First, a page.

LAPORTE | LaPorte County Prosecutor Robert Szilagyi will have his license to practice law suspended for 60 days for acts of forgery on documents stemming from a divorce.
The Indiana Supreme Court approved a settlement June 20 negotiated by Szilagyi's attorney and the Indiana Supreme Court Disciplinary Commission.
The commission recommended unspecified disciplinary action in late April against Szilagyi for forging the signature of his now ex-wife and a notary on documents related to a property division in a divorce finalized in 2009.
According to a complaint filed with the court, his ex-wife received a quit claim deed to transfer the marital home solely to Szilagyi but signed it under her restored last name instead of her married name as reflected on the title.
She also failed to notarize the deed when she returned the document to Szilagyi's office.
The complaint alleges Szilagyi -- on the day of closing on the property transfer and refinancing -- discovered the mistakes and had his secretary draft a new deed.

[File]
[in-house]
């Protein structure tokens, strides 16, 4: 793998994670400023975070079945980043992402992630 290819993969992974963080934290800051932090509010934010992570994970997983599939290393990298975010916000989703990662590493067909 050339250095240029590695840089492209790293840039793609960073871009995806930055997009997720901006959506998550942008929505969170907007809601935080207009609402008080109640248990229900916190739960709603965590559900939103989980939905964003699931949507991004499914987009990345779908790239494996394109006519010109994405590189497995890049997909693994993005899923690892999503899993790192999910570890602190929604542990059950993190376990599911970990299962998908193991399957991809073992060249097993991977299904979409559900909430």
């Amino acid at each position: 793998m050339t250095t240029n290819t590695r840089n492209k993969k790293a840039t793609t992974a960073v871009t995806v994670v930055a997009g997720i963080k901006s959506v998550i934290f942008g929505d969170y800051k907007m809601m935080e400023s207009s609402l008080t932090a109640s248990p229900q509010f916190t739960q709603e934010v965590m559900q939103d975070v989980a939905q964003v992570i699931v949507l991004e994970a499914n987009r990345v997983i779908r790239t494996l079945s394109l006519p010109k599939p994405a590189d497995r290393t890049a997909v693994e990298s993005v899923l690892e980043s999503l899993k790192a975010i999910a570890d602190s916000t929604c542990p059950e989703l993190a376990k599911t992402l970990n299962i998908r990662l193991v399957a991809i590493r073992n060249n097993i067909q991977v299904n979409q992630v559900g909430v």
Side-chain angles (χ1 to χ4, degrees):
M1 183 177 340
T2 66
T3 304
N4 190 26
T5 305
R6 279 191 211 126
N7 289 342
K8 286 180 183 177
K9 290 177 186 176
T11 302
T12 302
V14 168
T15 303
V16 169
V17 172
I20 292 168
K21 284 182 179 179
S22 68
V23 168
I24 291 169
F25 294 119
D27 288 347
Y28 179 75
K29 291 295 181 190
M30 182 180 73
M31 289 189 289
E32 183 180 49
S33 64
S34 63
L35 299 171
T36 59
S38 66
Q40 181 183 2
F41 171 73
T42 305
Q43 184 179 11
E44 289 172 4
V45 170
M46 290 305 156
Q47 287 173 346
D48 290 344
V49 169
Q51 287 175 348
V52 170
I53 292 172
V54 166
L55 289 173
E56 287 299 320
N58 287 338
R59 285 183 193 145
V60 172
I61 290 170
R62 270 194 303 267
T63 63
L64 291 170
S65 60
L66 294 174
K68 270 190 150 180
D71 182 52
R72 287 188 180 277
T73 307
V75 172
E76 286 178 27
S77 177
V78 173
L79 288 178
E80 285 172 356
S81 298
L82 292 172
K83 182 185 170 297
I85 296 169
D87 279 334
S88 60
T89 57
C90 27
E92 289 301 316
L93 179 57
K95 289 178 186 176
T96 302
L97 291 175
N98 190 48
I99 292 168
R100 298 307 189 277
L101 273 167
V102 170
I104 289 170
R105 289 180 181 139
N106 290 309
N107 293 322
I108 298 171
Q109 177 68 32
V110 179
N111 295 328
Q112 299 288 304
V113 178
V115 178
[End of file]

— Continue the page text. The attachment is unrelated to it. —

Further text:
Without contacting his ex-wife or his secretary, it's alleged Szilagyi signed the name on the new deed and used his secretary's notary stamp on the deed.
It also alleged Szilagyi also signed his secretary's name as notary on the deed without her permission or authority.
The complaint alleges Szilagyi submitted the new deed to the title company at closing.
In its ruling, the Supreme Court said Szilagyi's misconduct stemmed from a desire to avoid an unpleasant conversation with his former wife about the need for her assistance.
The high court stated Szilagyi should have known the importance of authentic legal documents and how his actions can damage the reputation of lawyers and the integrity of the legal system.
Szilagyi's attorney, Kevin McGoff of Indianapolis, said the suspension goes into effect Aug. 1 and prohibits his client from practicing law in any sort of way -- even as prosecutor.
McGoff said his client will resume his duties as prosecutor after the suspension is served.
McGoff said the asset division under terms of the marital break up was ordered by a judge and his client's actions were influenced by a "bitter divorce."
"There was no element of him getting any more than what he was already awarded," McGoff said, who added the misconduct had nothing to do with his role as prosecutor.